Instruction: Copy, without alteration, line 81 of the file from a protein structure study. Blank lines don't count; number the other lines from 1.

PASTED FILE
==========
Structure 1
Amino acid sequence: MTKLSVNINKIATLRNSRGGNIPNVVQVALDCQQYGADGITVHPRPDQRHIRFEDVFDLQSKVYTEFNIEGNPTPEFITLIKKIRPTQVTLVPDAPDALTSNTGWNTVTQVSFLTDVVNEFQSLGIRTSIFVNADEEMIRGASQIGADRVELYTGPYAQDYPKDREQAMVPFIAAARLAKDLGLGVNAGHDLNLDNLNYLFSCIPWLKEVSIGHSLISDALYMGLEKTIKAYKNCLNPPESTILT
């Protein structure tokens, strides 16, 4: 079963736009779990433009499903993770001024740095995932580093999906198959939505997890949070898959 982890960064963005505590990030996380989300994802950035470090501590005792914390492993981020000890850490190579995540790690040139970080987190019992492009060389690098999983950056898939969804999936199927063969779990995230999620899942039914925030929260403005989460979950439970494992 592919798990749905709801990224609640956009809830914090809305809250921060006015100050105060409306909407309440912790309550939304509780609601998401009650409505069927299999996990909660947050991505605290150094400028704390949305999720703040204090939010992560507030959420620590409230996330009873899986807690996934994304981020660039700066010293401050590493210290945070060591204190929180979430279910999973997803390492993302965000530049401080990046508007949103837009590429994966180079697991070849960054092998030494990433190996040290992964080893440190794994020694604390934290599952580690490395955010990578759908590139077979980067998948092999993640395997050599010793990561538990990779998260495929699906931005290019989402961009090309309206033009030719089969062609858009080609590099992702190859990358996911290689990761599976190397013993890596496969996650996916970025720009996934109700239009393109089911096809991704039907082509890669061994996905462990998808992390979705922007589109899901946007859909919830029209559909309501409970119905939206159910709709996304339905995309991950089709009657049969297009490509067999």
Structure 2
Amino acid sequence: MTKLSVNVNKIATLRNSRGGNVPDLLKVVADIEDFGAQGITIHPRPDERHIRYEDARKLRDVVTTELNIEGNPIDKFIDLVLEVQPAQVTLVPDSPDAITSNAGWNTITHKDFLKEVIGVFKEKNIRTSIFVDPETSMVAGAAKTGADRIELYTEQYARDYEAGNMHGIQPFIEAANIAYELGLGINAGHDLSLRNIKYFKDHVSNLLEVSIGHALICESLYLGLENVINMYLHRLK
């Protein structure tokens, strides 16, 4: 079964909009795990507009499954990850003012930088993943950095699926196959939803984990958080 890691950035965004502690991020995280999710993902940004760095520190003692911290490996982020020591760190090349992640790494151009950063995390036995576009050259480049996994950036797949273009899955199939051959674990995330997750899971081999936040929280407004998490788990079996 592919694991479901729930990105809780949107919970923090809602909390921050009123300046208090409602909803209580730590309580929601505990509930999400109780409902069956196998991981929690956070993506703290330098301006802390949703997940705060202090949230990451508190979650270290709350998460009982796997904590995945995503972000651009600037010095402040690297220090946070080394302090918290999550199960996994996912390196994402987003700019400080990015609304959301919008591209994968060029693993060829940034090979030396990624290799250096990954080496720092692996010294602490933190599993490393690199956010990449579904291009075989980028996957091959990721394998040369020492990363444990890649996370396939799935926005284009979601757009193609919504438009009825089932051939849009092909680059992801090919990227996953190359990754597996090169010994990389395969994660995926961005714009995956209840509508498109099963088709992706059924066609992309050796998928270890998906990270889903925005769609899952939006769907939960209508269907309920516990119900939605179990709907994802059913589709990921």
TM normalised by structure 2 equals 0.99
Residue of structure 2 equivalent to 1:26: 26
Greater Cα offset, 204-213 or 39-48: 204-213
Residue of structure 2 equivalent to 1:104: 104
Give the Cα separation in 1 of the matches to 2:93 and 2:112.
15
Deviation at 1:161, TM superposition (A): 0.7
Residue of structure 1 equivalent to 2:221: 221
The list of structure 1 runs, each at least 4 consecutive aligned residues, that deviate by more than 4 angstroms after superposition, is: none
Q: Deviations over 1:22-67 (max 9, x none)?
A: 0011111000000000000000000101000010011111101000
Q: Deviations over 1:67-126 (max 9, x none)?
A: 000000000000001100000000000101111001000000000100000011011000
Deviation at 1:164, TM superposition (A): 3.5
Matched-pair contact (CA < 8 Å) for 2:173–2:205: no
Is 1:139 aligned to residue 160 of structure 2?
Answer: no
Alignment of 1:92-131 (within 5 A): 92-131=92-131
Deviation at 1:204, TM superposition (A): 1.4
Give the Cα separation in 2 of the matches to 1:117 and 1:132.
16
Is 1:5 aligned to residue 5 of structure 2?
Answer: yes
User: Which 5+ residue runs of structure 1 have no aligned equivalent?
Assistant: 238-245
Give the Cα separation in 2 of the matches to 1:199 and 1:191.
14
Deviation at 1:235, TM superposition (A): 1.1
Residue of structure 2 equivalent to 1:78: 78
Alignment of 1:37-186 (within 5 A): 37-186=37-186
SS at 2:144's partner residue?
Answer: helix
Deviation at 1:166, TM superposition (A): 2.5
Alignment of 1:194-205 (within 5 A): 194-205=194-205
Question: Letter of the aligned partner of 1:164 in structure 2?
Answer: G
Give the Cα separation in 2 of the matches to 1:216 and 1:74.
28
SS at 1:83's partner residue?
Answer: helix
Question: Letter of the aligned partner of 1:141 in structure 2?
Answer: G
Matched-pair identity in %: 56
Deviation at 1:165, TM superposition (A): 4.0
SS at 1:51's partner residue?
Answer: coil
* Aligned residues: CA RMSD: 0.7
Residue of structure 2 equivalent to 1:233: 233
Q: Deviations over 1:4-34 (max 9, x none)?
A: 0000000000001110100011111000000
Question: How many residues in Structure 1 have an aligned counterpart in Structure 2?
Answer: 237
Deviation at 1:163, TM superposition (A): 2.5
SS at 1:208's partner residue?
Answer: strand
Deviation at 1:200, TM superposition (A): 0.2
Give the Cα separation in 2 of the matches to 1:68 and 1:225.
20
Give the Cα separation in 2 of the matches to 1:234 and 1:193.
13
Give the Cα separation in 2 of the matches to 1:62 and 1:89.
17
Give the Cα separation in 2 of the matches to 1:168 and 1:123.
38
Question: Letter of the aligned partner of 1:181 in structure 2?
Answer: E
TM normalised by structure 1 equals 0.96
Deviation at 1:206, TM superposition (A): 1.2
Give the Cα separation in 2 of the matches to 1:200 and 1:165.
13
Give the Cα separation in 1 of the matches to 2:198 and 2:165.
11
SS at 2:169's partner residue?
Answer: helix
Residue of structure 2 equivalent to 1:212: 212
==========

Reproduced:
Residue of structure 2 equivalent to 1:212: 212